Requests (including dummy requests) selected for service by selector 326A that are not blocked by their respective rate controllers are output 320A into queue 380A of scheduler 302.
Similarly, requests selected for service by selector 326B that are not blocked by their respective rate controllers are output 320B into queue 380B of scheduler 302. Scheduler 302 assigns new start and finish number tags to requests in queues 380A and 380B, thereby incrementing the virtual time for the parent scheduler 302. A selector 328 uses a fair-share scheduling algorithm to select requests for service from the heads of queues 380A and 380B. Queue 380A has an associated rate controller 386A, and queue 380B has an associated rate controller 386B. Scheduler 302 uses the method described in FIG. 2 to output resource requests for servicing 322, subject to minimum and maximum quality of service constraints on queues 380A and 380B.
In the embodiment shown in FIG. 3, child schedulers 301A and 301B are implemented in a manner similar to the parent scheduler 302. In another embodiment, the hierarchical resource scheduler 300 implements one or more of the child schedulers 301A and 301B differently than parent scheduler 302. For example, child schedulers 301A and/or 301B may be implemented without rate controllers associated with each child queue. A child queue without a rate controller will not be subject to a maximum quality of service limitation. Additionally, child schedulers 301A and/or 301B may be implemented as work-conserving schedulers, or may use different types of scheduling algorithms.
The resource scheduling method of the present invention is suitable for use in scheduling the resources of “virtual servers.” It is desirable for an ISP to provide multiple server applications on a single physical host computer, in order to allow multiple customers to use a single host computer. If a different customer is associated with each server application, or “virtual server”, the ISP will implement a method of sharing resources between customers. Additionally, it is desirable to be able to constrain virtual server customers to a minimum and maximum quality of service guarantee. This allows customers to be limited to a certain amount of the resources of the physical host computer.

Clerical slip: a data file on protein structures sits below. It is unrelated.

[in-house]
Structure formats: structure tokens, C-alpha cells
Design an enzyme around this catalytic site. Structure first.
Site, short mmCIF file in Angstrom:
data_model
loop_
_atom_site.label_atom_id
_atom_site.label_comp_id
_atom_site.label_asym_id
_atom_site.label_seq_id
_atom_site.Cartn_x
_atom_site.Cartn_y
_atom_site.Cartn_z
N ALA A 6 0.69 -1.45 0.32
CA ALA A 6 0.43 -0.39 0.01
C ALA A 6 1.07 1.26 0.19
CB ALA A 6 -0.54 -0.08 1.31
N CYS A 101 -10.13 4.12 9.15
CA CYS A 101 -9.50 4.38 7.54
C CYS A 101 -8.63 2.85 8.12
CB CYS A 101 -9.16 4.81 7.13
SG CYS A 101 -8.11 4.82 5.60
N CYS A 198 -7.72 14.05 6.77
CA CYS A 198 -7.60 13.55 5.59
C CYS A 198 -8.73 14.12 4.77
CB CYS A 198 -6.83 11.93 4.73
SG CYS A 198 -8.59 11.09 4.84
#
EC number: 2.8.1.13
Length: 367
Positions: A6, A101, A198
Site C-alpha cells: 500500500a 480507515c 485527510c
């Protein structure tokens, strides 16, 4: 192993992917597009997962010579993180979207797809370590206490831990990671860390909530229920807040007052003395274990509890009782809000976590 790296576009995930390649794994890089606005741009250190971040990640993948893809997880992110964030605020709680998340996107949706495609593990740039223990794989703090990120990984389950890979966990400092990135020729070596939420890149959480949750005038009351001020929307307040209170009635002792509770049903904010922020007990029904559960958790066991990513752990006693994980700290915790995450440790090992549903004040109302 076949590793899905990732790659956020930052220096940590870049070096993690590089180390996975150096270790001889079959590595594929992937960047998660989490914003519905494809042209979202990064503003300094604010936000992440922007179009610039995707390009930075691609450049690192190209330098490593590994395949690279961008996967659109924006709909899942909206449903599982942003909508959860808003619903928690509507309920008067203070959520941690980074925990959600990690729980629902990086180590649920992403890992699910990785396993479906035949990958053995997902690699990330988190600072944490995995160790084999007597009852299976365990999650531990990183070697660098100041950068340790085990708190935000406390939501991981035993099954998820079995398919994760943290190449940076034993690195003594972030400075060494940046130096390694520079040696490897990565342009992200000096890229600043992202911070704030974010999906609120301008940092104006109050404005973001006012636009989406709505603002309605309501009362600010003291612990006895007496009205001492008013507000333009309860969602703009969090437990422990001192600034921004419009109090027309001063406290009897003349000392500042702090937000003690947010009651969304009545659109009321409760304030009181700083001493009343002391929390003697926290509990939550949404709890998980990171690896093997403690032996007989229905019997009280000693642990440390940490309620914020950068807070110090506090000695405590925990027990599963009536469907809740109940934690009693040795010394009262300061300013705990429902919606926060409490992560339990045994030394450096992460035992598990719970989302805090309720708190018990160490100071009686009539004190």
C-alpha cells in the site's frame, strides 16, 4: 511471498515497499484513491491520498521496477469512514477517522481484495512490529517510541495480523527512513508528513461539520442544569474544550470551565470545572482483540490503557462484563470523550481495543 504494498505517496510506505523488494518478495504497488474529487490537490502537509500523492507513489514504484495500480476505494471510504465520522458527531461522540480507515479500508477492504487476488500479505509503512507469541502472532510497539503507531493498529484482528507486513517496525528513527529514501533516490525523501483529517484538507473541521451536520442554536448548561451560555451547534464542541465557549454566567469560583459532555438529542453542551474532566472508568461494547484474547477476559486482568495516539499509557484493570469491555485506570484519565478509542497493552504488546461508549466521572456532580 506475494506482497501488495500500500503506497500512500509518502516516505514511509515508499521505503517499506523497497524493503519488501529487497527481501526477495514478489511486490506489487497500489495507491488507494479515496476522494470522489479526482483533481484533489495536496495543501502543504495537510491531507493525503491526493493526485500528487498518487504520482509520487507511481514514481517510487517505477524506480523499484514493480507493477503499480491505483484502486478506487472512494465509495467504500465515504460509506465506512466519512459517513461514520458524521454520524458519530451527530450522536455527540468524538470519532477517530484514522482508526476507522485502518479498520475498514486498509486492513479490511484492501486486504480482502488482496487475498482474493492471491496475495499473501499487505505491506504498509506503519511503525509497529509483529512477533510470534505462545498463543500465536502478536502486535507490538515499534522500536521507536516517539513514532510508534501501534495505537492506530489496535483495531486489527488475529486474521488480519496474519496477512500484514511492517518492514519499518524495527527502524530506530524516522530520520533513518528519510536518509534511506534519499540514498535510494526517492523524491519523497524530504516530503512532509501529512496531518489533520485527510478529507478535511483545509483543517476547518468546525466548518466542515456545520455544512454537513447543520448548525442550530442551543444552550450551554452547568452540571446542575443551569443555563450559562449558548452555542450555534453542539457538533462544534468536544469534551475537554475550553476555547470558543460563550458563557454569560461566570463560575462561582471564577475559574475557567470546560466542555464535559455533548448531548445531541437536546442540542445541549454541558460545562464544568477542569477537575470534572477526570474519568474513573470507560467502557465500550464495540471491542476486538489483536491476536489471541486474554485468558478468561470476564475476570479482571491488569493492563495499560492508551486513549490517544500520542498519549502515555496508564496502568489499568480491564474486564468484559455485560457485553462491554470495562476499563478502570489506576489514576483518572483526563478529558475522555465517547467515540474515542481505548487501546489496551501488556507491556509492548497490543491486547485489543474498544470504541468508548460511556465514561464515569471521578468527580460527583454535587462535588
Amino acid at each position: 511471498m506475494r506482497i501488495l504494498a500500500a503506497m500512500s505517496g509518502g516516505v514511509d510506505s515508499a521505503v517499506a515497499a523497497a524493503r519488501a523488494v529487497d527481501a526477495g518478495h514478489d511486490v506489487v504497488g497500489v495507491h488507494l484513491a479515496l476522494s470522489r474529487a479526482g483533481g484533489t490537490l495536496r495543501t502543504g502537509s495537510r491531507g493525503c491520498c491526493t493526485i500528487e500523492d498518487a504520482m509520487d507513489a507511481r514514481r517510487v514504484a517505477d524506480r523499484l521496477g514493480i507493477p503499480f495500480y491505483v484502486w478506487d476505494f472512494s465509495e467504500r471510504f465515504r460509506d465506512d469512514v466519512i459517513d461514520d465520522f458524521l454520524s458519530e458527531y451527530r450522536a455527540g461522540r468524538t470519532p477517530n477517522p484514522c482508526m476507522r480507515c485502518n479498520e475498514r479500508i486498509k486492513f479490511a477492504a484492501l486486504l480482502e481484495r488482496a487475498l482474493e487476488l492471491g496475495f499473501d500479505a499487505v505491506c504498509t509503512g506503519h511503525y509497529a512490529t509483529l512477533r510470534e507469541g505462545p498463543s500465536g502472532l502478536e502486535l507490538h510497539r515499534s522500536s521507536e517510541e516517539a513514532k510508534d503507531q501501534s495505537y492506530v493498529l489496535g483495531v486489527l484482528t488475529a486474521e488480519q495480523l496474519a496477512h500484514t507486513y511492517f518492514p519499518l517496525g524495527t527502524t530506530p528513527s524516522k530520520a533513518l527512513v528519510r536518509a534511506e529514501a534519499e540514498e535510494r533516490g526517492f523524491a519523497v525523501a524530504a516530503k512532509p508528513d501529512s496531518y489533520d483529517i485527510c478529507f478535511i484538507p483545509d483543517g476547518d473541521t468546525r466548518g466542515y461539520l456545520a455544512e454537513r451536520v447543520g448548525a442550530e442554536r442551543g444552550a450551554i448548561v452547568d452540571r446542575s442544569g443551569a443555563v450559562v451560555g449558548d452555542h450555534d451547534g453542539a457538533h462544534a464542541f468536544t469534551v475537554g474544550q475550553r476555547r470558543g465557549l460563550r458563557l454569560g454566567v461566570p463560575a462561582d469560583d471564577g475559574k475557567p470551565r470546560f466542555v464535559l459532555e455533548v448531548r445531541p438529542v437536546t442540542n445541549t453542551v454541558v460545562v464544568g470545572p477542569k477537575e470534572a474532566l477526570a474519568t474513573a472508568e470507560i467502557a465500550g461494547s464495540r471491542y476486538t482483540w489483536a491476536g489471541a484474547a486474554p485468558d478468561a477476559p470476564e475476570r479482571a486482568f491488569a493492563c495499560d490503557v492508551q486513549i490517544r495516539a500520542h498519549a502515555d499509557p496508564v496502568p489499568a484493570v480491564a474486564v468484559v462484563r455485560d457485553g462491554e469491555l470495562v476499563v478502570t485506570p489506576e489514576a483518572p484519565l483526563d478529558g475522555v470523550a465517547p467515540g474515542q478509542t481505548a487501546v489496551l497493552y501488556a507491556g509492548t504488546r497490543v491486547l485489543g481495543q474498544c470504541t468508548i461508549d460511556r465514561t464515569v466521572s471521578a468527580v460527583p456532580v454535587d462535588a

The resource scheduler of the present invention may be used in the context of virtual servers to schedule some or all of the physical host computer resources. Each virtual server corresponds to a separate schedulable entity. Each virtual server is assigned a maximum and minimum quality of service guarantee. In another embodiment, separate maximum and minimum quality of service guarantees may be assigned to different resources used by the same virtual server. Requests for resources from each virtual server are serviced according to the resource scheduling method of the present invention.
Although the invention has been described in considerable detail with reference to certain embodiments, other embodiments are possible. As will be understood by those of skill in the art, the invention may be embodied in other specific forms without departing from the essential characteristics thereof. For example, different fair-share algorithms may be implemented in the resource request scheduler. Additionally, a weighted fair-share or hierarchical weighted fair-share algorithm implementation may be used in the resource request scheduler. Accordingly, the present invention is intended to embrace all such alternatives, modifications and variations as fall within the spirit and scope of the appended claims and equivalents.
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| || |
| USA-klassificering||370/230, 370/235, 709/226, 370/412, 370/428, 709/229|
| Internationell klassificering||G06F9/46, G06F13/36, G06F9/48, H04J1/00, H04J1/16|
| Kooperativ klassning||G06F9/4881, G06F13/36|
| Europeisk klassificering||G06F9/48C4S, G06F13/36|